'Glass Menagerie' even better than day at the zoo
By Nikolai Slywka
My friend and I couldn't repress a few snickers early in the second act of
The Yale Repertory Theater's production of The Glass Menagerie. The
first act had been unnervingly long and filled with acting that seemed to
intentionally avoid finesse. The cast members seemed unwilling to deliver their
lines in tones that weren't either lifelessly flat, blandly glib, or shrill and
COURTESY YALE REPERTORY THEATER
Laura and her gentleman caller are sharing a moment...shhhhh.
Too often they seemed to be acting for the sake of acting. The production
seemed both moribund and smug; it was as if
it had resigned itself to the
notion that attempts at creating a durable fiction on the stage can only be
naive and sentimental and that the best theater can do is draw attention to its
own theatricality. And so my friend and I couldn't help expressing some
distress and disappointment when in the beginning of act two, the hollow,
portentous delivery of the on-stage narrator (Wayne Maugans) seemed to signal a
continuation of the first act's apparent weaknesses.
By the end of the night it was clear that our initial reaction had been
misguided. This fascinating, challenging play, directed by the multiple Obie
Award-winner Joseph Chaikin, uses the gambit of a slow first act and at times
insipid or overwrought performances in order to force the audience to distrust
what it's seeing and to question the nature of the social roles the characters
inhabit. This production isn't concerned with exposing the artifice of the
theater, but with showing how deeply and destructively artifice and
role-playing are embedded within real conditions. In particular, it focuses on
how these dynamics operate within what have become two staples of American
culture: the free-spirited young man who rejects his domestic situation because
it seems to smother his poetic inclinations and the ambitious young narcissist
who self-absorbedly strives to fulfill his entrepreneurial inclinations.
The frustrated, young poet Tom doubles as the play's narrator. Tom works at a
warehouse to support his overbearing mother (Laura Esterman) and his eccentric,
crippled but mobile sister, Laura (Kali Rocha). In the evenings, he writes now
and then at his typewriter but seems more than anything to enjoy escaping from
his mother to movie theaters and bars. After a first act filled with quarreling
and the increasingly strident presentation of the mother as a cant-ridden,
manipulator of her children's emotions, the play moves
to the main event,
the appearance of entrepreneurial young Jim (Jay Snyder), a long-sought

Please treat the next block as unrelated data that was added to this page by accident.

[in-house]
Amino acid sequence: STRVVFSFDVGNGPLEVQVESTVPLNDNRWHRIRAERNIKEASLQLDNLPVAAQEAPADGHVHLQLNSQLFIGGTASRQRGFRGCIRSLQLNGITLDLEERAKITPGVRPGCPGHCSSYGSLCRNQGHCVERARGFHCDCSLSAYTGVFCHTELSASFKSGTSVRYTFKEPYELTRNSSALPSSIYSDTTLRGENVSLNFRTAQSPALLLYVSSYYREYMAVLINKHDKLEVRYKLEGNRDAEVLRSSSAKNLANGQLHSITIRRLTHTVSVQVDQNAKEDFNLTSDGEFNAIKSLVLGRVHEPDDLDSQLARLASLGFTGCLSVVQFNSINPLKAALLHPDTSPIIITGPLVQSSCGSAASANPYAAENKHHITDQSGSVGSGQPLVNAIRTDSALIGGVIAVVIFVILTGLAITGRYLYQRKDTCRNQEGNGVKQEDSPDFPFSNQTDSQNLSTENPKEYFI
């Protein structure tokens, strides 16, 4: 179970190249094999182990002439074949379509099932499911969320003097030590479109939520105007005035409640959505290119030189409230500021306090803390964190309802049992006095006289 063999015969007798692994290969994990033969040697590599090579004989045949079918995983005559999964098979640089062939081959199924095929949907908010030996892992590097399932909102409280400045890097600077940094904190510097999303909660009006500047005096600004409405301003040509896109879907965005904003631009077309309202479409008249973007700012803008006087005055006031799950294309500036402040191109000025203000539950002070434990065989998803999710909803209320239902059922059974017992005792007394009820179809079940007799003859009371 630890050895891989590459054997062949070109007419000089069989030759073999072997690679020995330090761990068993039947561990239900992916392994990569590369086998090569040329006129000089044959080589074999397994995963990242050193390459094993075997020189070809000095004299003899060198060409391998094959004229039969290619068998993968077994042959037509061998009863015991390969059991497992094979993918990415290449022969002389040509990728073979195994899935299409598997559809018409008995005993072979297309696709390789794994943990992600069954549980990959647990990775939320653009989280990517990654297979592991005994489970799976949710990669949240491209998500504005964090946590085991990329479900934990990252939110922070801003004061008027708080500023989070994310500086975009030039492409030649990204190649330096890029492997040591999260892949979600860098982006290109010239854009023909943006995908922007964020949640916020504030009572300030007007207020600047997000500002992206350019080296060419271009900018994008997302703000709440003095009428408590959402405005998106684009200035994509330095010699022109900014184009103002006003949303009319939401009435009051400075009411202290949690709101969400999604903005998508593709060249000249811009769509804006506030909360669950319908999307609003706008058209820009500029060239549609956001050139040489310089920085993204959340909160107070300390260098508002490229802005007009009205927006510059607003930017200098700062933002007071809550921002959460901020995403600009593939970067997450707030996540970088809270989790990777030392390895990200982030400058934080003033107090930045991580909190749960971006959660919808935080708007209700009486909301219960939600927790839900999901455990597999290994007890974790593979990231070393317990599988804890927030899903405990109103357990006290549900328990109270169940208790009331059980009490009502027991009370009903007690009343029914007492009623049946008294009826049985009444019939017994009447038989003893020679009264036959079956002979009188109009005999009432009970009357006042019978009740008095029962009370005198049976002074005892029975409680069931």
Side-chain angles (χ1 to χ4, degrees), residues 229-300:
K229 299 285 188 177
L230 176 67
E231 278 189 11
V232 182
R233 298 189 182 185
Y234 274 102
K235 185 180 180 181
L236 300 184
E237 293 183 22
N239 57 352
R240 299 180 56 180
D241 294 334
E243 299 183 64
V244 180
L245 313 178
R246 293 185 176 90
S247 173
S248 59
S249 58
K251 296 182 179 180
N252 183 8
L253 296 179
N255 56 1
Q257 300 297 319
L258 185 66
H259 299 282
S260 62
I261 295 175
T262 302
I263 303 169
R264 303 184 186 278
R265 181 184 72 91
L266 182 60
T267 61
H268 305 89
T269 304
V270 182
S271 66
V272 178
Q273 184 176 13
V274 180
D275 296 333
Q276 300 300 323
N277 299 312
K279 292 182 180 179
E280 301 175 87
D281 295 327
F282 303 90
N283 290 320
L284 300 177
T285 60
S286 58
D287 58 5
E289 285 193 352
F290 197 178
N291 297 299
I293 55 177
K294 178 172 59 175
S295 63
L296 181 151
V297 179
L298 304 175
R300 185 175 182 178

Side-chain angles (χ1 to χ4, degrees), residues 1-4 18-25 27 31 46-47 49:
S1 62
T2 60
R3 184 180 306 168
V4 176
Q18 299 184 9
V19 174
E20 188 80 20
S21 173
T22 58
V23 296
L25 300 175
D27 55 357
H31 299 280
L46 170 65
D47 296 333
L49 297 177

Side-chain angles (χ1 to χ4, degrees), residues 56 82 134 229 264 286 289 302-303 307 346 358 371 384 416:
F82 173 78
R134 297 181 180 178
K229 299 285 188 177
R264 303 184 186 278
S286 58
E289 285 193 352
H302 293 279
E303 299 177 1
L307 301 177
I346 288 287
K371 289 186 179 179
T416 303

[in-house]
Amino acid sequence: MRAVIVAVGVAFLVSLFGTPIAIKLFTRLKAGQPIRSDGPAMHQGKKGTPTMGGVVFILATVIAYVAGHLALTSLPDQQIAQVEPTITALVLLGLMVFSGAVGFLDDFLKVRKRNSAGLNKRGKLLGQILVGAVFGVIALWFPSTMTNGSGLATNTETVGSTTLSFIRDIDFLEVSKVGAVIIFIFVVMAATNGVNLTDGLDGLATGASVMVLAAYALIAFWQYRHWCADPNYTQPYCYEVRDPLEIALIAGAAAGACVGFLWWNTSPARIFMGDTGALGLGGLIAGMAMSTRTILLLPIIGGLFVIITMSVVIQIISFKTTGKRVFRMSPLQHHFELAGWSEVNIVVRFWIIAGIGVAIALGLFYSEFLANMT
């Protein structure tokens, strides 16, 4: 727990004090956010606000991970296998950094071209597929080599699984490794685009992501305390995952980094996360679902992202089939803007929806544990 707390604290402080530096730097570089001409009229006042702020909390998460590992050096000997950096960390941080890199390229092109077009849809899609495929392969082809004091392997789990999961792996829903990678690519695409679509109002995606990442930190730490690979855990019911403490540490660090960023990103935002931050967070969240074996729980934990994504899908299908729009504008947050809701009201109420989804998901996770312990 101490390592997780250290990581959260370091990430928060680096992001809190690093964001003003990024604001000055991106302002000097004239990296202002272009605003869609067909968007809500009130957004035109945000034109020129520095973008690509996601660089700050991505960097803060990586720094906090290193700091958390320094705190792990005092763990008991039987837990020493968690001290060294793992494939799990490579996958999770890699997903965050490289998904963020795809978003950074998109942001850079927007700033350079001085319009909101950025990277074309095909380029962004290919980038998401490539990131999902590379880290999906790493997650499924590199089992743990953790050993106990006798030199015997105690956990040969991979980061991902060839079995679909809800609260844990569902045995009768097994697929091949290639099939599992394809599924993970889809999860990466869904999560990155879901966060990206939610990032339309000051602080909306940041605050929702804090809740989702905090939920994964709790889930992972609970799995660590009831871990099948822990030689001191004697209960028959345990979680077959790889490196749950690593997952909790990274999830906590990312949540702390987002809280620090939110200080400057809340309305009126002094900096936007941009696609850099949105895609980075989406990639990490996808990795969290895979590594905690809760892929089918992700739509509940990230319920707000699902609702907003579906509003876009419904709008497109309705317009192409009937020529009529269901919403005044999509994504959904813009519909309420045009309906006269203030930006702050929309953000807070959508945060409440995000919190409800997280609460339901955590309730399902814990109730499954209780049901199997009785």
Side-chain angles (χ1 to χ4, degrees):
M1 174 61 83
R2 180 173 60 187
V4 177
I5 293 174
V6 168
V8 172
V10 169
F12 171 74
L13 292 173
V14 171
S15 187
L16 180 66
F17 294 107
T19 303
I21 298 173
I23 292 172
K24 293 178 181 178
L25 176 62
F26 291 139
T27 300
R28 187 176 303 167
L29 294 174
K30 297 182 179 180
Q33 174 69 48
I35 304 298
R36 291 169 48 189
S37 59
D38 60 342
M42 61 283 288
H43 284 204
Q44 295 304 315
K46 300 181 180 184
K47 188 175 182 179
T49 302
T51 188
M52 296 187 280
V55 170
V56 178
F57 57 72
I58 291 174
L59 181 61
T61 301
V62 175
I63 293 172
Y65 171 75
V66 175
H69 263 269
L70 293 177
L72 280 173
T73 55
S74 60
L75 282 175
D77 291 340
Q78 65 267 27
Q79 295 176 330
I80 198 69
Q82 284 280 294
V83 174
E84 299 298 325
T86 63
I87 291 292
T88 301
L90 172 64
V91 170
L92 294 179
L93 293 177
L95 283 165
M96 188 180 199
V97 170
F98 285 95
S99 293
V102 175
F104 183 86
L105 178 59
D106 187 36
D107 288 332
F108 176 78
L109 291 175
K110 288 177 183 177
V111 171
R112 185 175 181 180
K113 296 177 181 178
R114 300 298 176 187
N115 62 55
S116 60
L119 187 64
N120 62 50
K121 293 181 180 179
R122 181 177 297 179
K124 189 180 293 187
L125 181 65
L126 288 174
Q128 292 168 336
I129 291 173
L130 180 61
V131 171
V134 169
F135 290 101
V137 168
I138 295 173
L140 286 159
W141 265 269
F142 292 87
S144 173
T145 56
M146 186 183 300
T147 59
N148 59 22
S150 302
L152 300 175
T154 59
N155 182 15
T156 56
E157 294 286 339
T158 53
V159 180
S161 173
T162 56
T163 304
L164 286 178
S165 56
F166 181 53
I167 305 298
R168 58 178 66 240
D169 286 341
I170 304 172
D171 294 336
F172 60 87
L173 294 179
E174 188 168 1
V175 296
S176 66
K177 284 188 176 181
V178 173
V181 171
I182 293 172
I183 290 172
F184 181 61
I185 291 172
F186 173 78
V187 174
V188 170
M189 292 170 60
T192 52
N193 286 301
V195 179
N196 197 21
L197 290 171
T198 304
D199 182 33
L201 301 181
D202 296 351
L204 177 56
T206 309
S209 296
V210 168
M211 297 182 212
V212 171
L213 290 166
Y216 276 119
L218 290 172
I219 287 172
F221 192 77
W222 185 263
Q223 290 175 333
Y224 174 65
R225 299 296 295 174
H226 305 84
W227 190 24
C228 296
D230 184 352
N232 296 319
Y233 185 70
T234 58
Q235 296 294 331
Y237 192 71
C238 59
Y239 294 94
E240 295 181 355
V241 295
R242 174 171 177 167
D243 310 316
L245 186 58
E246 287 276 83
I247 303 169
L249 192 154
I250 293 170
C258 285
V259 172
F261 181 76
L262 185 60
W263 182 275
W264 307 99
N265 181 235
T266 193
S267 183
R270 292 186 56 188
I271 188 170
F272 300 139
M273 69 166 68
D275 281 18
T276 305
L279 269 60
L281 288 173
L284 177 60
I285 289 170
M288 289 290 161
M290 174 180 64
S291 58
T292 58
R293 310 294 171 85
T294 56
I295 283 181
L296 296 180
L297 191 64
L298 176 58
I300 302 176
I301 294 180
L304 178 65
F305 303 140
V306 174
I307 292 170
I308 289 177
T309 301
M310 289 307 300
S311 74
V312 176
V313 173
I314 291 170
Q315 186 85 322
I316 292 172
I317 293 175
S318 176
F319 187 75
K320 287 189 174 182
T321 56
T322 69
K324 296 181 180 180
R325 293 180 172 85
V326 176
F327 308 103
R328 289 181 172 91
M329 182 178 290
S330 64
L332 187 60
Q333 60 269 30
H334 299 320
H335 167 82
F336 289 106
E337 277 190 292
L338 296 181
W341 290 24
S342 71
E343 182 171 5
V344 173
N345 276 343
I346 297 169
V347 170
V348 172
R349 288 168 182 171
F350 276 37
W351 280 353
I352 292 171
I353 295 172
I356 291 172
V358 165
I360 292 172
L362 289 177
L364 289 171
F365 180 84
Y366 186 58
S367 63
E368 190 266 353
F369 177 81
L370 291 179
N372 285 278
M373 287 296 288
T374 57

"gentleman caller" for Laura.
The sim-ple plot of The Glass Menagerie is enriched by the distrust we
come to feel for Tom in his status as both narrator and character. This is
perhaps the most convenient position anyone could hope to find himself in; like
being both judge and plaintiff in one's own case, it's a situation ripe for
self-serving distortions of the truth and for false, but indisputable alibis
for treachery. By the end of the performance, we come to sense that what
appeared in the play's first half as an unduly exaggerated and over-acted
presentation of an oppressive mother may be a result of Tom's selective and
flattering construction of his past. The play then seems not so much to be
about a sensitive, romantic son victimized by a nasty mother, as it is about
the mean-spirited and ultimately poorly-wrought fabrications of a mediocre
artist seeking to render his family in as poor a light as possible to excuse
himself for his weaknesses.
Complicating Tom's position as both narrator and character is his claim in the
first scene that "the play is memory." The simplicity of this formulation veils
what the play eventually confirms to be the confounding complexity and
slipperiness of memory. Even in the seemingly all-controlling position as the
narrator of a slice of his own remembered history, Tom cannot conceal how
cheaply he behaves when, at the play's end, he betrays his mother and sister.
Although he doesn't have the self-awareness or strength to admit it, his poetic
imagination is a selfish, tawdry mixture of Hollywood myths and puerile
fantasies of adventure.
In the beautifully acted and staged after-dinner scene that comprises most of
the performance's second half, Jim initially stands as the play's simplest,
most familiar, and likable character. His exuberance about his ambitions, his
guileless infatuation with Laura, his sincere fascination with the glass
collection referred to in the play's title, all work to earn our affection. But
like Tom, he eventually reveals himself to be selfish and self-absorbed, and he
too comes to betray both Laura and her mother. In inviting and then disrupting
our sympathy for Jim and Tom, the play complicates without entirely disparaging
the American figures of the yearning, free-spirited poet and the striving young
business man. Both cultural roles seem to foster and even sanction a disruption
of domestic affections.
Although we were quite wrong in our early reactions to the play, my friend and
I had enough good sense to appreciate from the start this production's
brilliant set. Scenic designer Alexander Dodge wraps the stage within a huge
rose whose interior faces the audience. In its monstrous scale, it undermines
the rose's typical association with beauty and affection and conveys the
oppressiveness that Tom contrives to locate in the domestic and feminine world.
This grotesquely exaggerated and threatening rose has its compliment in Laura's
beloved collection of beautiful but all-too vulnerable glass figurines.
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